Confidently follow learning paths that help you develop the right skills in the right order to achieve your goals.
With its procedural node-based workflow, Houdini lets you create more content faster to reduce timelines and enjoy enhanced flexibility in all your creative tasks. Houdini is perfect for Visual Effects artists and technical directors with its particle and dynamics contexts. Houdini includes a complete toolset for visual effects and game studios that includes lighting, rendering, animation and procedural modeling.Get Started
Skills: Visual Effects Artist, Visual Effects Technical Director, Maya, 3DS Max
Introductory knowledge of basic 3D concepts. Some familiarity with another 3D application (Maya, Cinema4D, 3DS Max) might be helpful, but is not required. You'll get the most out of this path when you're brand new to Houdini, but still have a basic understanding of general 3D concepts.
The first section of courses will give you a solid understanding of the fundamental concepts of Houdini, including understanding the interface, working within Houdini contexts, thinking procedurally, dynamic solvers, particle systems, and shaders and materials. This section is critical to understanding what comes next and will provide the foundation for the rest of the path.
In this Houdini 15 tutorial, you'll develop the skills you need to get up and running. You'll get the most out of this course when you're brand new to Houdini, but still have a basic understanding of general 3D concepts. We'll start with the first time you ever launch Houdini and walk through creating an awesome effects shot. Along the way, you'll learn some of the most powerful aspects of this node-based software such as the key concepts of the Houdini user interface, basic geometry manipulation and polygon modeling. We'll also explore how to import geometry, create custom user interfaces, apply materials and manipulate UVs. We'll get our feet wet in each step of the pipeline, including modeling, animation, dynamics, lighting and rendering to construct a dramatic FX shot using rigid bodies and fractured geometry. By the end of this Houdini training, you'll be able to dive into the other amazing Houdini content in our library with confidence. Software required: Houdini 15
We'll start with a general overview of dynamics in Houdini and discuss the key concepts behind working with simulations. We'll explore the idea of animation without keyframes and the role of solvers in Houdini's dynamic context. Next we go over how to properly set up your scene for working in the dynamic context and how to avoid common mistakes. We'll talk about basic rigid body techniques for creating object interactions. We'll go over how to set up effective collision geometry, and wrap things up by taking a look at the Finite Element Solver and cloth simulations. This course was developed for an artist with a solid understanding of basic 3D concepts and a general understanding of Houdini's interface. While this Houdini training covers the fundamental concepts behind dynamic operators, it is not intended to cover every parameter of every solver. We will instead focus on the ideas and workflow of the dynamic context and the key parameters that will easily allow us to direct the behavior of our simulation.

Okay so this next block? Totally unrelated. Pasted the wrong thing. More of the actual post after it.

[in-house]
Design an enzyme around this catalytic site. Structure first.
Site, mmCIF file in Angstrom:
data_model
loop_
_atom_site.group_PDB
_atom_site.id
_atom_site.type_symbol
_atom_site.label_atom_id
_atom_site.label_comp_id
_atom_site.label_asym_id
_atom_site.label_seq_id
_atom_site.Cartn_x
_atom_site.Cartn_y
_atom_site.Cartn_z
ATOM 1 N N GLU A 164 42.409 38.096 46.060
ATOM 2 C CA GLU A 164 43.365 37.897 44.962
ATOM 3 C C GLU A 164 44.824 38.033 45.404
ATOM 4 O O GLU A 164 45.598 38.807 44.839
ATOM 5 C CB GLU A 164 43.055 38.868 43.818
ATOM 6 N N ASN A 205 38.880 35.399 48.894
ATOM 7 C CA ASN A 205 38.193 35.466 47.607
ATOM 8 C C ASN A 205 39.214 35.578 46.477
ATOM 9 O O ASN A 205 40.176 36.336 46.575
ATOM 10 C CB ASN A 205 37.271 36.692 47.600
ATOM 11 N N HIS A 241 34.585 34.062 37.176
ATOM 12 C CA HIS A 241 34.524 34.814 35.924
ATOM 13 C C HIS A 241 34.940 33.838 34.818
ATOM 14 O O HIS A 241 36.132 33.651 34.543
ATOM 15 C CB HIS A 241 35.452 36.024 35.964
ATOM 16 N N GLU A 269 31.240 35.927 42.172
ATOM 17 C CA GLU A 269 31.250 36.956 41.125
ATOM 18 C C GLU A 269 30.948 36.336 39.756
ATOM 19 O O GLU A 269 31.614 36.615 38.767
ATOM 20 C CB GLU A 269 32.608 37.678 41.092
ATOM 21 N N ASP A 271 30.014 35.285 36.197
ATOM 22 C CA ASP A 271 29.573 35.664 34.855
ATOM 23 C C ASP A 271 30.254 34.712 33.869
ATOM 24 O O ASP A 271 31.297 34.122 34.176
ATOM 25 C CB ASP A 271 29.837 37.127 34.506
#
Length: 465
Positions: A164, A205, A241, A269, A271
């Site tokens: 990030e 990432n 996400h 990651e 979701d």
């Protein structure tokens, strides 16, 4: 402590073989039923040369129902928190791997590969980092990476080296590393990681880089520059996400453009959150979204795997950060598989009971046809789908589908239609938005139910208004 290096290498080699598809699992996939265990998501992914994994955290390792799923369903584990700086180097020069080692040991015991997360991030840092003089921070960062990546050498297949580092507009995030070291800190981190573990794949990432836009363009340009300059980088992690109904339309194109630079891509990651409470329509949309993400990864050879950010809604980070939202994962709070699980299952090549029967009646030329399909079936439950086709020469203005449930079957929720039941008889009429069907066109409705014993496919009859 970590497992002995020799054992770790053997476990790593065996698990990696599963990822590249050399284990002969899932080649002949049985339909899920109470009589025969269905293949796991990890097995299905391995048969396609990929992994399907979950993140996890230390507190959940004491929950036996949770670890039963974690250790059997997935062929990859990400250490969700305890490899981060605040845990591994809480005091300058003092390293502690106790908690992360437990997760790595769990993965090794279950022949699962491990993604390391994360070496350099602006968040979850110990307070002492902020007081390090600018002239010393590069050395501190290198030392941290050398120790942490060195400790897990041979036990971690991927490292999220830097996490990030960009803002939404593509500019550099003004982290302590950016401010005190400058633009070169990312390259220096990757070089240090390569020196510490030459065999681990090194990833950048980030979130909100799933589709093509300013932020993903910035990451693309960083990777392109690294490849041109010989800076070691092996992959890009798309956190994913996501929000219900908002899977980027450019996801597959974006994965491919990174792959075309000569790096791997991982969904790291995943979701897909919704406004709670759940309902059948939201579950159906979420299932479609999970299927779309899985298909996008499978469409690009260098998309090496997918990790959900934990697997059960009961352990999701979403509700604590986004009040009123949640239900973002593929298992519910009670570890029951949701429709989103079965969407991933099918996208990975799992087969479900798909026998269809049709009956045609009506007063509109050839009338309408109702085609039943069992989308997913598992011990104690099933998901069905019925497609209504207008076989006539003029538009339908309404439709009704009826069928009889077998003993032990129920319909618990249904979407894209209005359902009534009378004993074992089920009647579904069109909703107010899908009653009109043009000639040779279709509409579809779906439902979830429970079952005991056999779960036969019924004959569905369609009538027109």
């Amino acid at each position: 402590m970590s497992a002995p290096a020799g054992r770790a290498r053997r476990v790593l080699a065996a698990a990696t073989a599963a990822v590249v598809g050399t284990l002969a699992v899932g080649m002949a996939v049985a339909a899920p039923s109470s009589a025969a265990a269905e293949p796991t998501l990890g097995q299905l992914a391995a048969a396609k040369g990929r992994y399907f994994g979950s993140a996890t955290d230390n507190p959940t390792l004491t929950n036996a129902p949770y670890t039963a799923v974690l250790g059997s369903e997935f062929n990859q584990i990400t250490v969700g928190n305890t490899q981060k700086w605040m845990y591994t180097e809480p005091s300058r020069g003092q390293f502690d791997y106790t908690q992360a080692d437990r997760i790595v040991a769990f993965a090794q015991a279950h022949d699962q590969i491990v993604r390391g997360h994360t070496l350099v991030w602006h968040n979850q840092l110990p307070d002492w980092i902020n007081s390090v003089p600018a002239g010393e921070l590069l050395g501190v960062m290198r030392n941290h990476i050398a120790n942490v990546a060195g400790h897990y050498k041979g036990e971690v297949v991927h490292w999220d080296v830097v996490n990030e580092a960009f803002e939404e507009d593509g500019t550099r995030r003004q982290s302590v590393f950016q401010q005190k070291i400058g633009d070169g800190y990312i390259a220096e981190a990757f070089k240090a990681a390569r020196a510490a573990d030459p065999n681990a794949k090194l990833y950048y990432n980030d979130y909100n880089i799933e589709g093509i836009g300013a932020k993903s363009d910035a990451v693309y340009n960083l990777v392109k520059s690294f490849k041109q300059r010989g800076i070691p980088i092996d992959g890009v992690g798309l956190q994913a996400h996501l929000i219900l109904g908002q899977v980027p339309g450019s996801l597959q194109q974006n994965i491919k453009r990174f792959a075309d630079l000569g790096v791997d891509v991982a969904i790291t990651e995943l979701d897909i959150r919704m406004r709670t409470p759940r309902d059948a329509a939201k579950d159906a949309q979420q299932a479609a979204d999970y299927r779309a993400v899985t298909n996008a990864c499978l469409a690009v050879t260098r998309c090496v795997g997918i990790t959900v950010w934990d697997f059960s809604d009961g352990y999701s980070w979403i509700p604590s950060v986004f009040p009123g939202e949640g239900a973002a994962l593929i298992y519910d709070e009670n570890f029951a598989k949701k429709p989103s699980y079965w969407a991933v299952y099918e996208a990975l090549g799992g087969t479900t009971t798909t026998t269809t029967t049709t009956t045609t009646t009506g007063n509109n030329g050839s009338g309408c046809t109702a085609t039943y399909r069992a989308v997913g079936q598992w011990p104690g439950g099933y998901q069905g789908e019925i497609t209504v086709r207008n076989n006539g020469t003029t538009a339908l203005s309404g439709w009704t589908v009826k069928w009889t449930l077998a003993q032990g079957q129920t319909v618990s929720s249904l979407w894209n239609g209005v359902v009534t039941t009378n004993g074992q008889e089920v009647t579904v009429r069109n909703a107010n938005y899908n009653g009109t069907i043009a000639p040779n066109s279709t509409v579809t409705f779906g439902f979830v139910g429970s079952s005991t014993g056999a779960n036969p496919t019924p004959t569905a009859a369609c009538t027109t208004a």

In this Houdini tutorial we take a look at "Particle Operators", or POPs, as they're called. We'll start off with a discussion of the fundamental concepts behind Houdini's Particle Operators, and the tools of the Particle Shelf, while focusing on efficient workflow within the dynamics context. Next, we build the most basic of setups constructed using only the shelf tools and simple geometry, and then we work our way through complex particle sourcing, particle forces, and setting up sprites. Finally, we'll learn to write our own custom VEX expressions to control various aspects of particle behavior. This Houdini training is intended for an artist with a solid understanding of basic 3D concepts and a general understanding of Houdini's interface and workflow. Software required: Houdini14.